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Hi, I am totally new to Linux, but have bought a laptop to dedicate my learning more about this distro. I have an Intel P4 3.20GHz with a 60Gb HDD ...
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  1. #1
    Just Joined!
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    Apr 2008
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    Broadcom BCM4303 Problem


    Hi,
    I am totally new to Linux, but have bought a laptop to dedicate my learning more about this distro. I have an Intel P4 3.20GHz with a 60Gb HDD partitioned between Win XP Pro and OpenSuse 10.3 in dual boot mode. RAM only 512Mb and Graphics ATI Radeon RS300 5835 (according to YAst).

    When Suse boots up, the wireless card light does not show on the laptop and when I right click on KNetwork Manager it cannot identify any wireless network. I can get online via the hard ethernet connection though. I have studied the YAst2 Hardware and the details for the wireless LAN are: Broadcom BCM4303 802.11b (eth0).

    I have tried configuring the device in YAst2 'Network Settings'. 'General tab' - Activate Device: At Boot Time... Operating Mode: Managed... Network Name (ESSID): BTHomeHub-xxxx... Authn Mode: WEP-Open... Key Input Type: xxxxxxxxxx (I entered my WEP security key here)... clicked NEXT and FINISH.

    I then rebooted and still the wireless indicator light didn't come on, nor would KNetwork Manager identify my BT Home Hub.

    Any help would be appreciated... but not an urgent query folks as I can still get online via my Win XP or via my full desktop PC.

    many regards.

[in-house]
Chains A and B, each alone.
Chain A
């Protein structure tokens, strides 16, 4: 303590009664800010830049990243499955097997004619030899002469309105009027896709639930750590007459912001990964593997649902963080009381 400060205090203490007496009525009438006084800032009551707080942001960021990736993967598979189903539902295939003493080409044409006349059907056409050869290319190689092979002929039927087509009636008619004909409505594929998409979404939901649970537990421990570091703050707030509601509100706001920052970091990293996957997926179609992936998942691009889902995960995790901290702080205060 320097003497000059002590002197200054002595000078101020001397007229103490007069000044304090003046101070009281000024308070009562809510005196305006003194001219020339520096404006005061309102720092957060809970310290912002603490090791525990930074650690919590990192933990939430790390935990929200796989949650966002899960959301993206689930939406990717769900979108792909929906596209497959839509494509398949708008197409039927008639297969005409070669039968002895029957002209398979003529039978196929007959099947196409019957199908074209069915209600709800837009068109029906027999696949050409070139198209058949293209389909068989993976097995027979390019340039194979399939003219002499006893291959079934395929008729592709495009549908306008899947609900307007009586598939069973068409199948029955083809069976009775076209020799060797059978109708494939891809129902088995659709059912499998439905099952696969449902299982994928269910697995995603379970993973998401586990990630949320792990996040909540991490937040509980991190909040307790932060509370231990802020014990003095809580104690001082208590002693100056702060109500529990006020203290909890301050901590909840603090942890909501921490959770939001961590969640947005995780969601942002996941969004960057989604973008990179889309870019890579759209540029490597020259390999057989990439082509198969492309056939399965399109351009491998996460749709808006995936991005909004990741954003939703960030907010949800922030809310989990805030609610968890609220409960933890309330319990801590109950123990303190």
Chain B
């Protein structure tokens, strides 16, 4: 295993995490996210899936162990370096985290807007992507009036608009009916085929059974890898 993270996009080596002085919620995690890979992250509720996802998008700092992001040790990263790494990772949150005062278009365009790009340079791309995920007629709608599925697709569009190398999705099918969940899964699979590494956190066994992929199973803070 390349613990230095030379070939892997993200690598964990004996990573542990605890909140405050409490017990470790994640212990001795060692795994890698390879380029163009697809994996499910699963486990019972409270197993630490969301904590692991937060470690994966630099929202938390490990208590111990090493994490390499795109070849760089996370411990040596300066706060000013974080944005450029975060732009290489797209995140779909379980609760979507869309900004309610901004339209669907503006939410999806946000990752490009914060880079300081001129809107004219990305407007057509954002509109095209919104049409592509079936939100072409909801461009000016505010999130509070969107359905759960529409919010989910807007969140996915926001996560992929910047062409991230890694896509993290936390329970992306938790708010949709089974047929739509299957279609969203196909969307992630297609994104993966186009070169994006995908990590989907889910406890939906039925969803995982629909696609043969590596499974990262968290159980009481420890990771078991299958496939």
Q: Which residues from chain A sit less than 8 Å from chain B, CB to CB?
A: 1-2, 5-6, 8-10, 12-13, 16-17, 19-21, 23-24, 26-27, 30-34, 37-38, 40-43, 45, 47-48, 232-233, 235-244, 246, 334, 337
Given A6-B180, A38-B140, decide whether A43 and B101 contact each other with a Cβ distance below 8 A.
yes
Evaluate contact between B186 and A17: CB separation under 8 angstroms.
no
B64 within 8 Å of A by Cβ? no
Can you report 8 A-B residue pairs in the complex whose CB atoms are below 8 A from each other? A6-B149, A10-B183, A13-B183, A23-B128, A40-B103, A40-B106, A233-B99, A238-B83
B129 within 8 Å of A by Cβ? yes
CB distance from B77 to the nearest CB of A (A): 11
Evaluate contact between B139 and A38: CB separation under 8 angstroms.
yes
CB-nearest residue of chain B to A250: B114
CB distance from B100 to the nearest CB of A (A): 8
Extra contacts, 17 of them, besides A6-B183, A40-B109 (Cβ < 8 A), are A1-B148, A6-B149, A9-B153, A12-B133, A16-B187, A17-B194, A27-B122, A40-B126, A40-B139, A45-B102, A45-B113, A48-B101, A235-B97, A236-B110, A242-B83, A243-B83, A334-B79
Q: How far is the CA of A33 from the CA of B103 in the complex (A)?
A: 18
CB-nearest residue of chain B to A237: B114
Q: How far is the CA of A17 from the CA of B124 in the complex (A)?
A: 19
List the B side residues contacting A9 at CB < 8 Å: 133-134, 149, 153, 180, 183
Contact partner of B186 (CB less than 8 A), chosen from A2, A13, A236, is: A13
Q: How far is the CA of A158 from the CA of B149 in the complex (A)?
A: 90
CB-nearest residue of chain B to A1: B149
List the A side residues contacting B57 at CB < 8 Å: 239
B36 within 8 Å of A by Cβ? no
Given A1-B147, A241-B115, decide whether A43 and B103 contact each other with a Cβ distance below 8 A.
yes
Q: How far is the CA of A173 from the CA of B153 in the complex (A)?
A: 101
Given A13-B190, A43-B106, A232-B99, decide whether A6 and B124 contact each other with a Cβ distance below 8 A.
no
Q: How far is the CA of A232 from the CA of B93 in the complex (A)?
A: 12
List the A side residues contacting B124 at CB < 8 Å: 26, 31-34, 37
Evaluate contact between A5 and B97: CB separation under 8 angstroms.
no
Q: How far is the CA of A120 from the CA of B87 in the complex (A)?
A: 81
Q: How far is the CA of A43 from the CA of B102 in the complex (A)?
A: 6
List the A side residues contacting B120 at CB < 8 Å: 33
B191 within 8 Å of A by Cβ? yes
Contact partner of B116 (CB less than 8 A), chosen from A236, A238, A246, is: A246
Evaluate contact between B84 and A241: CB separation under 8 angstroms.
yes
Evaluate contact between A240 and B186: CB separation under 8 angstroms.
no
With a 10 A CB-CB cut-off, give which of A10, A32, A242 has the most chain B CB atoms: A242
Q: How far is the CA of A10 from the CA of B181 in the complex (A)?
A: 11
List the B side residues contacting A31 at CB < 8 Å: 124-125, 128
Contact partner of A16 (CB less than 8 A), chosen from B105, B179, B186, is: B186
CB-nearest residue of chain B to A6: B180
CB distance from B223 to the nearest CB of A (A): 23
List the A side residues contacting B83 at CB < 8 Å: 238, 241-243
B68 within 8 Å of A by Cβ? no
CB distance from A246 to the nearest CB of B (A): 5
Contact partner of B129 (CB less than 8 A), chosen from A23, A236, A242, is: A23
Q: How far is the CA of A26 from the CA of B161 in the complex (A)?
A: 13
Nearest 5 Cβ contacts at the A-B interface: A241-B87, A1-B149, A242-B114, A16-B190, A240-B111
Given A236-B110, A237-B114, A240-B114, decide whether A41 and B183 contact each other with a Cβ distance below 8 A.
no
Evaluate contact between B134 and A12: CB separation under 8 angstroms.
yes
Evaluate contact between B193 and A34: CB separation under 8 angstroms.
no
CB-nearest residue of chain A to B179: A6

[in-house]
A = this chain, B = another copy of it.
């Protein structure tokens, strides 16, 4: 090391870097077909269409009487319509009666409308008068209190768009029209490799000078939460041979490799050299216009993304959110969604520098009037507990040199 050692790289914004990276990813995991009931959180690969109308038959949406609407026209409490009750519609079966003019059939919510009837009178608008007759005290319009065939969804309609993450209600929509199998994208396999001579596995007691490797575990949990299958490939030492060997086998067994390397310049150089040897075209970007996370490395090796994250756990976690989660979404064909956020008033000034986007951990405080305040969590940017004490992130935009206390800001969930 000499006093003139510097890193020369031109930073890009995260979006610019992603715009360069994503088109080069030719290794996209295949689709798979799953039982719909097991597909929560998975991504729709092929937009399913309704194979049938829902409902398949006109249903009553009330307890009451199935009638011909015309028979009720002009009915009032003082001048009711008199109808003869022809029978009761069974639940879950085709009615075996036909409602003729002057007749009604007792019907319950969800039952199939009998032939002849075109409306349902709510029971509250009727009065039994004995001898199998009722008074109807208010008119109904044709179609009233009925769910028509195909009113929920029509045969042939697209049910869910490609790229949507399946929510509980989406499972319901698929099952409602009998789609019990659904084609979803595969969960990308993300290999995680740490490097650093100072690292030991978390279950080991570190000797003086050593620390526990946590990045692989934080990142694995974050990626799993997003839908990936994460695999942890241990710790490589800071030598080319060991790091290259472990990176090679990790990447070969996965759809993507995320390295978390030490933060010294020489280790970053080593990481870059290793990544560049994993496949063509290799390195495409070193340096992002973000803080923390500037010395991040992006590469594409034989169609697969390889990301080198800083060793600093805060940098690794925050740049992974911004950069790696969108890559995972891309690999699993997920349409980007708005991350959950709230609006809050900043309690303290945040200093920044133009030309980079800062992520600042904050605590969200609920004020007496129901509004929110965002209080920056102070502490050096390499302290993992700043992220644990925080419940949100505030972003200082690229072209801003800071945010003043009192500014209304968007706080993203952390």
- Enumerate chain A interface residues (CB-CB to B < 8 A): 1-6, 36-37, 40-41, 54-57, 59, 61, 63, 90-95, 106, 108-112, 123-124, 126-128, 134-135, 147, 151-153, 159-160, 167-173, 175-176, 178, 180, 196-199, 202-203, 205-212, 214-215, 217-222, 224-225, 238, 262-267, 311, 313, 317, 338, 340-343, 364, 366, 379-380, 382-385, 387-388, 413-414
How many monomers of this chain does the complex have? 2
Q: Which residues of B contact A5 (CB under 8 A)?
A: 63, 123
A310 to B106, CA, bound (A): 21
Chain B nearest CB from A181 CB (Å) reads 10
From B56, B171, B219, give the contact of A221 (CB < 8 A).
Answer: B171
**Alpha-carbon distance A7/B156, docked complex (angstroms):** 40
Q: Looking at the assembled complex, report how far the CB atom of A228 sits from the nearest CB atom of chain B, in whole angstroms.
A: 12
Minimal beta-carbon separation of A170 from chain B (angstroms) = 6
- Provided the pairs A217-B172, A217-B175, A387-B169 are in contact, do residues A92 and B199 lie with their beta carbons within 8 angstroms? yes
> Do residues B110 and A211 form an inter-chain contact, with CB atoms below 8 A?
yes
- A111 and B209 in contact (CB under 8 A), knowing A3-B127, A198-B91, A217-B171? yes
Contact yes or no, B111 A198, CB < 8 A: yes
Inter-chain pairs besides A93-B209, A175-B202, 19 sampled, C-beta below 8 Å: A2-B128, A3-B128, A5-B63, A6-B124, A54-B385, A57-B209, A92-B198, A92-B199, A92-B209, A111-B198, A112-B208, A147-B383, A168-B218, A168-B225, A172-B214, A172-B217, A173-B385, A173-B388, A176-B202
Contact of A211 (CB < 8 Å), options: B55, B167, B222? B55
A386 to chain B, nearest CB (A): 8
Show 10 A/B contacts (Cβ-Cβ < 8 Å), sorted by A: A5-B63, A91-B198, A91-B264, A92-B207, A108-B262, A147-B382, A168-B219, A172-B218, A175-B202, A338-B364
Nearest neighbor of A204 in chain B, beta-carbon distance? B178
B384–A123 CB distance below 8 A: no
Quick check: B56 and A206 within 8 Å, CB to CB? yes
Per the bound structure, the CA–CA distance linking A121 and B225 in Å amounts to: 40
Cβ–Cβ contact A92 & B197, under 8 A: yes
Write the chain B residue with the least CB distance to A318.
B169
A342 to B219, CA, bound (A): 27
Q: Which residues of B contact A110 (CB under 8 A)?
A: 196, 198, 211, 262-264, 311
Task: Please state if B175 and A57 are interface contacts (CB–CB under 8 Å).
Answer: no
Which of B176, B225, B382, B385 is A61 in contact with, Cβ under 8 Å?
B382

2. #2
    Linux Guru
    Join Date
    Jul 2004
    Posts
    4,593
    The bcm4303 chip may not be fully supported with the native Linux driver.
    b43 - Linux Wireless

    Anyway, for it to work at all, you need firmware installed. If you take a look at the output of this command, it may actually tell you what is wrong.
    Code:
    dmesg
    Here are the instructions for installing the firmware.
    b43 - Linux Wireless


    To determine the firmware that you need, first find out which driver your system is using.
    Code:
    lsmod
    Look for either bcm43xx or b43, and then follow the instructions on the Linux Wireless page link above.

    Now, if you find that it doesn't support your wireless, you can use NDISwrapper. This may be your best bet anyway. Just make sure that the native driver (bcm43xx or b43) is not loaded, and then you need to blacklist it to keep it from loading at boot. I'll help you on this when you need it.
    Please do not send Private Messages to me with requests for help. I will not reply.

  3. #3
    Just Joined!
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    Apr 2008
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    Paul,
    Thanks ever so much for your advice and time replying. I'm afraid after spending a number of hours troubleshooting the problem and not really understanding the coding instructions within YAst (despite researching the issue), I finally lost patience and uninstalled Suse. It probably won't be my last try with Linux, but for the time being I'll just have to renew my curiosity with this quite complex (in my opinion) Distro. regards

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  5. #4
    Linux Guru
    Join Date
    Jul 2004
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    I'm sorry that I didn't see your post earlier, I may have prevented you from giving up.

    openSUSE is a feature rich Linux distribution that usually is easy to configure. You had trouble with one of the sticky points in Linux. Wireless drivers are usually closed source, and not included in any free distro. Because they are closed source, there also is little or no development of drivers by the Linux community. But, there are still ways to get things to work.

    There are some wireless devices that are open source, and then work "out-of-the-box" in Linux. Most usually require a little bit of terminal work to detect and set up.

    One of the other sticky points can be video drivers and audio/video codecs, but this problem is correctable too.

    I encourage you to try Linux again, when you are ready. And please post for help in these and other Linux forums. Most of us are happy to help, if it will gain us another happy Linux user.
    Please do not send Private Messages to me with requests for help. I will not reply.

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